Firstly, tomorrow being November, we are getting a little nearer to the release date for this year’s Christmas Lites, the charity anthology which features short stories from major indies such as Lizzy Ford, Addison Moore and others including me. (Shhh, if I keep very quiet in the corner they might let me stay!) The “Christmas Lites” anthologies are a really special undertaking. A group of authors, editors, formatters and artists donate their work freely to put together this anthology and all monies earned go straight into the bank account of NCADV, the National Coalition Against Domestic Violence. This year’s edition is particularly poignant as it commemorates the wonderful writer and friend C.S. Splitter, who died earlier this year, and who was one of the founding culprits of the anthology. We’d like to give it a really big send-off in his memory, so as soon as I have release and cover reveal dates for you, I’ll be posting them here. (I can tell you, I’ve seen a mock-up of the cover and it’s going to be FABULOUS!)

Secondly, an update.
“Mother of the Shantar” (aka Book 3) has been playing up in a major fashion, and earlier in the year I realised that of the 85k words I then had, fully 75k were backstory and should be cut out. (OUCH!) It was quite a good bit though, and as Book 3 is still resolutely refusing to fit together, I set that aside for a bit to polish up the backstory. The result of that is “Flight from Shantar”, which chronologically speaking, is the preamble to Vansel and Jack’s arrival in Scarlock, and tells of Alaric’s efforts to bring the Mother over the Shantar border. This is nearing completion.

The second bit of backstory that has been cut and expanded is “Song of the Ice Lord” which tells of the events nearly three thousand years before ODS, when the Ice Lord first came into Nereia’s world, and the terrible war he unleashed. I have just finished writing it into a more rounded tale, and have started on the edits. I will be surprised if we manage to get it on the shelves before Christmas, and I shan’t hurry it in order to make that deadline, but it shouldn’t be so very many months before it is available, so watch this space.

In the meantime, November is dedicated to shaking Book 3 into submission, as you’ve all been waiting far too long for it, and frankly, so have I! This year has been madness, but I am hoping, just faintly, that next year there might be a little more free time. If there is, watch out – I can tell you that for Nereia, the chase has only just begun, and as Dr Seuss would say, “Oh, the places she’ll go!” It’s going to take about six more books to get there, at this rate, so I hope you like long, intricate tales as much as I do….

But enough chattering, more writing, I hear you say – this book isn’t going to write itself! And of course you’re quite correct, so it’s back to the batcave for me.

In the meantime, enjoy your Hallowe’en / Bonfire Night / Thanksgiving / Samhain / other!
Back soon, I hope, with all sorts to report!
JAC

PS: While you’re waiting, if you’ve ever wondered what Nereia’s childhood was like, have a look in “Christmas Lites 2” – least year I contributed a tale from when she was six years old, and the wonderful Yule party at which she first met her Godmother. Besides, the rest of the book is so entertaining, I challenge you not to laugh / cry / love it!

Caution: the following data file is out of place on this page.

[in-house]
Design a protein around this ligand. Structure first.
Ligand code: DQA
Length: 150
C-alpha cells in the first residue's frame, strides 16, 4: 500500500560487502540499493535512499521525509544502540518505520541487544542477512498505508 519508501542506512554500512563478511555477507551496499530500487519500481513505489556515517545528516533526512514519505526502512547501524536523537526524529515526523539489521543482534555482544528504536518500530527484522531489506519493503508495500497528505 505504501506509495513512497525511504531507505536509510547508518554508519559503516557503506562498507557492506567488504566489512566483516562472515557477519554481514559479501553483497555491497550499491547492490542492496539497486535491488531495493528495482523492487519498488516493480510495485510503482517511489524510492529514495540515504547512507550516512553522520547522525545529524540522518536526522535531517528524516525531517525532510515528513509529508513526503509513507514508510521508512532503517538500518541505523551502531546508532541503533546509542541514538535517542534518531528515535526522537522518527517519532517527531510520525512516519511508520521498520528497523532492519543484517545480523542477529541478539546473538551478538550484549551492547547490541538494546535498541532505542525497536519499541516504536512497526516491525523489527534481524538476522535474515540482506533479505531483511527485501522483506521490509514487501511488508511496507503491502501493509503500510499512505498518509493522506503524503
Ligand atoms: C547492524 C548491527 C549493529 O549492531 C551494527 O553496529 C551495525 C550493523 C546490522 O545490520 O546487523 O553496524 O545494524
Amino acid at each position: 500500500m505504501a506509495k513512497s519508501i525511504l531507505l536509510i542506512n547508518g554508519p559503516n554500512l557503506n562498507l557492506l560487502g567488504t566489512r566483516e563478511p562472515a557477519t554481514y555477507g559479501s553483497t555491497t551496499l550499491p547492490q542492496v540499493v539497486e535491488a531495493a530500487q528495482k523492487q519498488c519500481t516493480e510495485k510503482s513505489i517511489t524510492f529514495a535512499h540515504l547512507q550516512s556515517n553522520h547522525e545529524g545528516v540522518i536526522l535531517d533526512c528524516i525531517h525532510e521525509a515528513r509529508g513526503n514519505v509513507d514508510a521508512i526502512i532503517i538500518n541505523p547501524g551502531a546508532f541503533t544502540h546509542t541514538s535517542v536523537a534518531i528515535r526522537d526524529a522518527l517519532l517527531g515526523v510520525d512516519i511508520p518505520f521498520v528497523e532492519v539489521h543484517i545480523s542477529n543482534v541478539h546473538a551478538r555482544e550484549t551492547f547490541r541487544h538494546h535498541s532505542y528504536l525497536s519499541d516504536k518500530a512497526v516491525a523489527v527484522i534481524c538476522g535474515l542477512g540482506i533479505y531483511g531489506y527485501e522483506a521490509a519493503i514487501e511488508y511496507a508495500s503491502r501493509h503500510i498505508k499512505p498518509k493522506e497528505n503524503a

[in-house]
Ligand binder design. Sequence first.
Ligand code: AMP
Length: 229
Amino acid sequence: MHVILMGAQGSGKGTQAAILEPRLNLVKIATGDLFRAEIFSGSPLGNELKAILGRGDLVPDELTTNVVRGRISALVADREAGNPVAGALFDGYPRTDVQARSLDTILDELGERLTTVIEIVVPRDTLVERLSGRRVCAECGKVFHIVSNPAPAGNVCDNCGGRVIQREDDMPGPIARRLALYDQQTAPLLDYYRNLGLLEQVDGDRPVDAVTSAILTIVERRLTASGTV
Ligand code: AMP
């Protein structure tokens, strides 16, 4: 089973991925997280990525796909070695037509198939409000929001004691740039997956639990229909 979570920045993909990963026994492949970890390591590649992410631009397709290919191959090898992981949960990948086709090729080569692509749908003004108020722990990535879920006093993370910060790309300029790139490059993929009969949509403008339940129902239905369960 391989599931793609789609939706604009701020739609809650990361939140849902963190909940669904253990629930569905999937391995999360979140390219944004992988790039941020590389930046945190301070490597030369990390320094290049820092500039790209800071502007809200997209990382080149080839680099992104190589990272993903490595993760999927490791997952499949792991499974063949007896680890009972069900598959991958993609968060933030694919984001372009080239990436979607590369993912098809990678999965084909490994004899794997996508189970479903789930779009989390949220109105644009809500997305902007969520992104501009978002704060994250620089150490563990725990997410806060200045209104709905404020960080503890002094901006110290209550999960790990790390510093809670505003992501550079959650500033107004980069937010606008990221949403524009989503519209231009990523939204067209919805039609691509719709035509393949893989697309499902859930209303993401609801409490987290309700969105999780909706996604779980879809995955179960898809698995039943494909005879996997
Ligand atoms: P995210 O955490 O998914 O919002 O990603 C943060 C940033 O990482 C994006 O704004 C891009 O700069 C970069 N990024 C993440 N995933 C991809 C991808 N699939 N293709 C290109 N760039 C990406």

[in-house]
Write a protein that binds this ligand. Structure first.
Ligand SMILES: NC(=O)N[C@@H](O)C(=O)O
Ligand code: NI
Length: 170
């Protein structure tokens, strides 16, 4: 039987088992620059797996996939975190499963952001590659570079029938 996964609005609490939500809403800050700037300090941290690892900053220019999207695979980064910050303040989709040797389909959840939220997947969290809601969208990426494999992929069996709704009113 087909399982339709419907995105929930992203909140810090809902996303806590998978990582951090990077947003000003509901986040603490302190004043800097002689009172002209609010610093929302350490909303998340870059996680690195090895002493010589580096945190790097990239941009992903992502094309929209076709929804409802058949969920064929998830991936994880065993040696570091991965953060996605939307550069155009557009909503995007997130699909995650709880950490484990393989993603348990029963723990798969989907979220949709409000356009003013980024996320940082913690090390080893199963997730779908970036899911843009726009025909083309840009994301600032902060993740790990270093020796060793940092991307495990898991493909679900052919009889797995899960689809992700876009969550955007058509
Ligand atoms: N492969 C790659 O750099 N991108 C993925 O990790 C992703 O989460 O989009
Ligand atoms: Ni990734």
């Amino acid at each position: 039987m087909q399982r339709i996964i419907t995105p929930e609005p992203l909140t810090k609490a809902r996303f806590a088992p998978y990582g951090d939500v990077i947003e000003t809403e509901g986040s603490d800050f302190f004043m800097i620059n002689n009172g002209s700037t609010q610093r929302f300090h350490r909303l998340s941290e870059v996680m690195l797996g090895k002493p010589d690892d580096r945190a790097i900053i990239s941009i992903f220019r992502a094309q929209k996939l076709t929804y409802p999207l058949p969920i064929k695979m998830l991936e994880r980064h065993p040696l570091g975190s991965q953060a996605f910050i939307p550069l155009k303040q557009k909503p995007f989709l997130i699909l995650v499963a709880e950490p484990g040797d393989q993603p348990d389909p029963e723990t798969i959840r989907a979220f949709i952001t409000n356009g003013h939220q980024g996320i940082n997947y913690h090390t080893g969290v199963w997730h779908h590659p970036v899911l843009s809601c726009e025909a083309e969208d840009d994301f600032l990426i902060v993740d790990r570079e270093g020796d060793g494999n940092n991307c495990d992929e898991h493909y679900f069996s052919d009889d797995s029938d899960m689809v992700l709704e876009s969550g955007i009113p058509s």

Hey all:

Here is the news at ten from the WGP. The headlines:

BONG!

Book 3 of ODS is currently at 30k words and moving on slowly. Currently aiming to make it somewhere between 100k-150k depending on where the nearest stopping place is in order to allow for 10% attrition in editing and still leave you with the tome you’ve been requesting.

BONG!

Parallels novella “Flight from Shantar” is currently at the editor and awaiting his scalpel. Expect exclamations of “Ouch” and “Oooyah!” over the next couple of weeks when I get it back! Parallels alleged-novella “Song of the Ice Lord” is currently mostly on hold while I get on with Book3, but is currently approaching 70k in length and does good duty when I’ve hit a stumbling block on Book 3! Ultimate length will be (as long as it takes) minus (editing scalpellage). And yes that is a word because I just made it up.

BONG!

Job: utterly manic for the next two months. Hoping to have a little more free time after that. Houses: now shortlisting. Hoping to put in an offer in the next couple of weeks and move August / September time (expect a writing hiatus again while that’s happening; hopefully timing will be right to be editing “Song” then).

And indeed

BONG!

EXCITING NEWS – WGP author Jo Edwards of “Work-Wife Balance” fame is putting the final touches to her sequel, “Potbound”. Watch out for this, which should be hitting cyberspace any time soon!

And finally – insert your favourite picture of a funny cat here.

This is the news from the WGP!

Another step on the way…

Hey peeps;

Another check-in, briefly, because I’m saving all my word-time for writing!

As you know, I’m currently working on two novellas at once as well as Book 3… well, the first edit (the one I do) is now done on “Flight from Shantar” and it’s ready to go off to my editor. Why am I working on this before Book 3, you ask (and a few of you have done)?

Flight was originally written to be one of the ODS series, and the events in it happen concurrently with the first books; but to put it in the main series brings the timeline to a juddering halt. This is why this section was cut from Book 3 – but at the same time it’s a story which readers might like to hear; and so it’s going into the Parallels series.

It tells of the flight of the Mother of the Shantar from her homeland, across the border with the country of Mardon with Vansel’s crew, headed by disgraced Skral warrior Alaric. On the way, her trail is  picked up by the Mardonese army, who are still chasing her ten years after the war between the Shantar and the Mardonese. Alaric has to get the Mother across to Scarlock to pick up Jack and Vansel – but the mysterious Jonas has other ideas…

Anyhow; that one is a step further on, and I’m now putting the finishing touches to Song of the Ice Lord, of which more anon…

That’s it for now, but just an update so you know I haven’t forgotten you all!

Take care;

JAC